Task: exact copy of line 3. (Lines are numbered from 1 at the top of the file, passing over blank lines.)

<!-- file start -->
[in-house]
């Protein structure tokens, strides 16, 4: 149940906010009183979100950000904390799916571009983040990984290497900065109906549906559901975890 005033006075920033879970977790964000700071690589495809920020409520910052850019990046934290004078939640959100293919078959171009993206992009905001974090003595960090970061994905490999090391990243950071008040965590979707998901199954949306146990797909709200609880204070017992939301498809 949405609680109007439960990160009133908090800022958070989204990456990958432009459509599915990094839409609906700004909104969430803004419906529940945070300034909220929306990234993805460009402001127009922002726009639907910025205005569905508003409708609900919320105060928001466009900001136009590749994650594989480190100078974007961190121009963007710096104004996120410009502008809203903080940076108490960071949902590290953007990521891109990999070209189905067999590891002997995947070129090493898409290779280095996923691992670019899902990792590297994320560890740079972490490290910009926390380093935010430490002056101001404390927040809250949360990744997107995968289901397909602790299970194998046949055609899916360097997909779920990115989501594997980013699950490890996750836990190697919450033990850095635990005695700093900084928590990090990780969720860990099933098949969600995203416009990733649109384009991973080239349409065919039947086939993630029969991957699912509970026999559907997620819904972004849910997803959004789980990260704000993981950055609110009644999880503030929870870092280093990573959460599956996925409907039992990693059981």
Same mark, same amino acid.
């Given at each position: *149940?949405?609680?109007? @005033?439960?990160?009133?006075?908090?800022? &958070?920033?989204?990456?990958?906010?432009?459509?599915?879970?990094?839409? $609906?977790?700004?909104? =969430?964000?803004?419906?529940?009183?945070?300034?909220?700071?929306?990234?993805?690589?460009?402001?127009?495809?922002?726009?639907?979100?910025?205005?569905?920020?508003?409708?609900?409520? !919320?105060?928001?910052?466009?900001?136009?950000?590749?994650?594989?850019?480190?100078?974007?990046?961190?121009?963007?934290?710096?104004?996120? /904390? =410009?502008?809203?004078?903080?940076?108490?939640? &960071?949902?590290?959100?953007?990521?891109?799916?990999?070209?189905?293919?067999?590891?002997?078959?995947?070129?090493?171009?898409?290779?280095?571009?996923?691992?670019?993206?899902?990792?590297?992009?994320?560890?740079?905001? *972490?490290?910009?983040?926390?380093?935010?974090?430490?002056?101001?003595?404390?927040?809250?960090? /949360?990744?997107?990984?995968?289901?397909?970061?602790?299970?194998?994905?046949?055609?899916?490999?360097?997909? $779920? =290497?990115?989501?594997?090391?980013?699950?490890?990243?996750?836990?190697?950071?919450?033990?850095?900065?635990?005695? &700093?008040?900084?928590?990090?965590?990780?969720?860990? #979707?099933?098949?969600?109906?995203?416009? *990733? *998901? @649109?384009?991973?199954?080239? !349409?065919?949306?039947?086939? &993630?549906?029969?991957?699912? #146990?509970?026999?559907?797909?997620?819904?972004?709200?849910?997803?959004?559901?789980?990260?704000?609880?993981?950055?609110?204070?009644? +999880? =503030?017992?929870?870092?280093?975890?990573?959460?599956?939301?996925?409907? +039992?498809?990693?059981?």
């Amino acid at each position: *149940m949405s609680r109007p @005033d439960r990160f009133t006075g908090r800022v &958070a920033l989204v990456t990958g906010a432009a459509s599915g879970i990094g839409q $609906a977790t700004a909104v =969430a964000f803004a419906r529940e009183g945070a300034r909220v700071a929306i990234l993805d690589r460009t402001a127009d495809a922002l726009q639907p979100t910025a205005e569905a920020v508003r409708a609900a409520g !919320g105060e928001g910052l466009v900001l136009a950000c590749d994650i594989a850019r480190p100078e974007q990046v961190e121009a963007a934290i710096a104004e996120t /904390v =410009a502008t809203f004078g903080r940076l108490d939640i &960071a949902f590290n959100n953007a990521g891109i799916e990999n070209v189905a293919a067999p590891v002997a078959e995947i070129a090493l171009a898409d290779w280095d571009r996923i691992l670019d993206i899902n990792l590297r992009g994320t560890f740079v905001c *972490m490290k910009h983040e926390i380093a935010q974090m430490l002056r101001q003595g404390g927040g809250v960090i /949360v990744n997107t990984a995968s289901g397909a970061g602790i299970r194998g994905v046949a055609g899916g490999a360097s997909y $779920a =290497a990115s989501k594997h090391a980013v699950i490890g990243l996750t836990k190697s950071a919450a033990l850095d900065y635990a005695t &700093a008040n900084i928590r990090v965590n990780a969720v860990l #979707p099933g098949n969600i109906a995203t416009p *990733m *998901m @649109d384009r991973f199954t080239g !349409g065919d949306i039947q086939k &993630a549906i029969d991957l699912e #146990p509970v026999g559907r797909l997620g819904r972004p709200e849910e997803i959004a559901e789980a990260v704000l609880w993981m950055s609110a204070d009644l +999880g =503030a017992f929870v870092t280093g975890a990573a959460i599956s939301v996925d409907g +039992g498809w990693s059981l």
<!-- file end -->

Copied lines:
Same mark, same amino acid.